Some Hui Muslims have publicly opposed the policy, despite government censorship. In January 2021, Ningxia officials indicted five Hui for “creating disturbances” after they led 20 people to oppose the policy at the village Party chief’s office. People have also protested mosque closures and demolitions, as well as the removal of domes and minarets in Ningxia, Gansu and other Hui Muslim regions, such as Qinghai and Yunnan.[7]

Ma Ju told Human Rights Watch that mosque consolidation aims to dissuade people from going to pray at mosques: “After removing the minarets and domes, local governments would start removing things that are essential to religious activities such as ablution halls and preacher’s podiums.”

Ma Ju said the government has sought to discourage religious practice: “When people stop going, they [the authorities] would then use that as an excuse to close the mosques.” He said that the authorities install surveillance systems in the remaining “Sinicized” mosques: “After the mosques are converted, the local governments strictly monitor attendance at the remaining mosques,” he said. “In the beginning, they would check the attendees’ national identification cards. Then they install surveillance cameras … to flag [those prohibited from mosques, including] Communist Party members or children.”

Article 18 of the Universal Declaration of Human Rights provides that “[e]veryone has the right to freedom of thought, conscience and religion.” One has the right to manifest their “religion or belief in teaching, practice, worship and observance.” The Chinese government should reverse its Sinicization campaign on religions, review and repeal laws and regulations that restrict the right to freedom of religion, and release those detained for peaceful criticism or protest against such restrictive policies.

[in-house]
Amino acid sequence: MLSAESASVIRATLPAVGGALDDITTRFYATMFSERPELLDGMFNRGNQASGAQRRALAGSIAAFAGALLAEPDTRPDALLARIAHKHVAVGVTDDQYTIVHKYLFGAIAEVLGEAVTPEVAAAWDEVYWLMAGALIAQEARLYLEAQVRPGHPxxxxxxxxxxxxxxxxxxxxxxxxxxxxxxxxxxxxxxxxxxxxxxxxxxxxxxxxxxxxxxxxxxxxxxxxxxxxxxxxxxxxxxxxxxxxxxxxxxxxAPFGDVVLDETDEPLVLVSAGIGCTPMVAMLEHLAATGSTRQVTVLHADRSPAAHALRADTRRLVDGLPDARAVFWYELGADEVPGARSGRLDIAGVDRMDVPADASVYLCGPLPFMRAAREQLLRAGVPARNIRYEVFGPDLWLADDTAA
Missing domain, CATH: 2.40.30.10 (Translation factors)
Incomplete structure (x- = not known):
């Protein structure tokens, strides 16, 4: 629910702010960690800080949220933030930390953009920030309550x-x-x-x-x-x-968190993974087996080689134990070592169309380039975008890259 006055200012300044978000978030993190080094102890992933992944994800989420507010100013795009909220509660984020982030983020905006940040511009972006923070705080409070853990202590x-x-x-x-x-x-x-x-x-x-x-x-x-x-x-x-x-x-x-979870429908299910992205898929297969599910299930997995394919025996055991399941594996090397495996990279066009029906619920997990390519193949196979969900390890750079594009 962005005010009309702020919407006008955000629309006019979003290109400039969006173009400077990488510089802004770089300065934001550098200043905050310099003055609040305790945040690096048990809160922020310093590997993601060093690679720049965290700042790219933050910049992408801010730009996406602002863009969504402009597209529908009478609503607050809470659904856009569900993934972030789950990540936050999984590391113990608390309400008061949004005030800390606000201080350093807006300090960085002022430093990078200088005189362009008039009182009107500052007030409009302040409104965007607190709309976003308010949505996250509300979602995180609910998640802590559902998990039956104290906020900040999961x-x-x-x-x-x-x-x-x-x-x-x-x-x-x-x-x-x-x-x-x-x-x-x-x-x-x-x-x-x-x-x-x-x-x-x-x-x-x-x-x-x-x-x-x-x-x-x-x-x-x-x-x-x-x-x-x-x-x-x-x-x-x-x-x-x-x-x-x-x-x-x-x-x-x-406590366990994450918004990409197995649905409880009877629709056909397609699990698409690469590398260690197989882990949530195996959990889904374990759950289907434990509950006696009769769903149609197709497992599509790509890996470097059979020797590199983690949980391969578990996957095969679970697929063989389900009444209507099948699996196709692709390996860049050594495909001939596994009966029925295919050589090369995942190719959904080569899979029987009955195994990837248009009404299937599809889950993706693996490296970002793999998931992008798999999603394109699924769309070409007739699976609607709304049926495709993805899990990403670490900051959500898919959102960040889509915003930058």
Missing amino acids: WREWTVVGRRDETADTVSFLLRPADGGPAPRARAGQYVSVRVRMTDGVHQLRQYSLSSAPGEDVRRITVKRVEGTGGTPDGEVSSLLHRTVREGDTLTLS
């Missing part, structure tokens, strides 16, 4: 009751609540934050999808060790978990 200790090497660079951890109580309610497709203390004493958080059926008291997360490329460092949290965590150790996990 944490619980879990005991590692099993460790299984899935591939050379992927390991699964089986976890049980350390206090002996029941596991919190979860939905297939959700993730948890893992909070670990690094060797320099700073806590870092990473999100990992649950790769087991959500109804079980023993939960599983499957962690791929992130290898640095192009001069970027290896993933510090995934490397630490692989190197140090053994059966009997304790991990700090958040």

Foreign governments, particularly member countries of the Organization of Islamic Cooperation (OIC), should press the Chinese government to cease their mosque consolidation policy and the broader Sinicization campaign.

“The Chinese government’s policies of Sinicization show a blanket disregard for freedom of religion not only of all Muslims in China, but all religious communities in the country,” Wang said. “Governments concerned about religious freedom should raise these issues directly with the Chinese government and at the United Nations and other international forums.”


[1] This policy is sometimes referred to as “合坊并寺,” “合坊建寺” or “合村并寺” in Chinese.

[2] The document, known as “Document No.10,” has not been made public by the Chinese government. It was leaked as part of the “Xinjiang Papers.” See pages 5 and 6, which enumerate the policy to reduce the number of mosques in China.

[3] China had 39,135 mosques as of 2014, according to official figures. The top three regions with the largest number of mosques are Xinjiang (24,100), Gansu (4,606) and Ningxia (4,203). See “版权所有 中国伊斯兰教协会, “2015最新中国清真寺数量及分布,” March 3, 2015.  

[4] Hannah Theaker and David Stroup, Making Islam Chinese: Religious Policy and Mosque Sinicization in the Xi Era, forthcoming.

[5] On rural relocations, see: Emily Feng, “In Rural China, Villagers Say They’re Forced From Farm Homes To High-Rises,” NPR, August 10, 2020,

[6] Laochi consolidated villages outside Yinchuan City (西夏区兴泾镇十里铺村涝池组合坊) used to have at least three mosques (Laochi South Mosque, Laochi North Mosque, and Laochi East Mosque), according to a 2009 Ningxia mosque directory. As authorities consolidated the villages, only two mosques were rebuilt. See: 北京市建壮咨询有限公司宁夏分公司, “十里铺村涝池组合坊并寺异地重建项目1#寺施工变更公告[变更公告],” July 1, 2021, and 十里铺村涝池组合坊并寺异地重建项目2#寺施工招标文件, “十里铺村涝池组合坊并寺异地重建项目2#寺施工招标公告,” January 18, 2021,  

[7] The forthcoming research by academics Theaker and Stroup also showed how the mosque consolidation policy is being implemented in Qinghai Province, albeit under different policy names, and that it will likely be implemented in Yunnan Province, given how the authorities’ Sinicization efforts have started in Ningxia before the same methods are used elsewhere.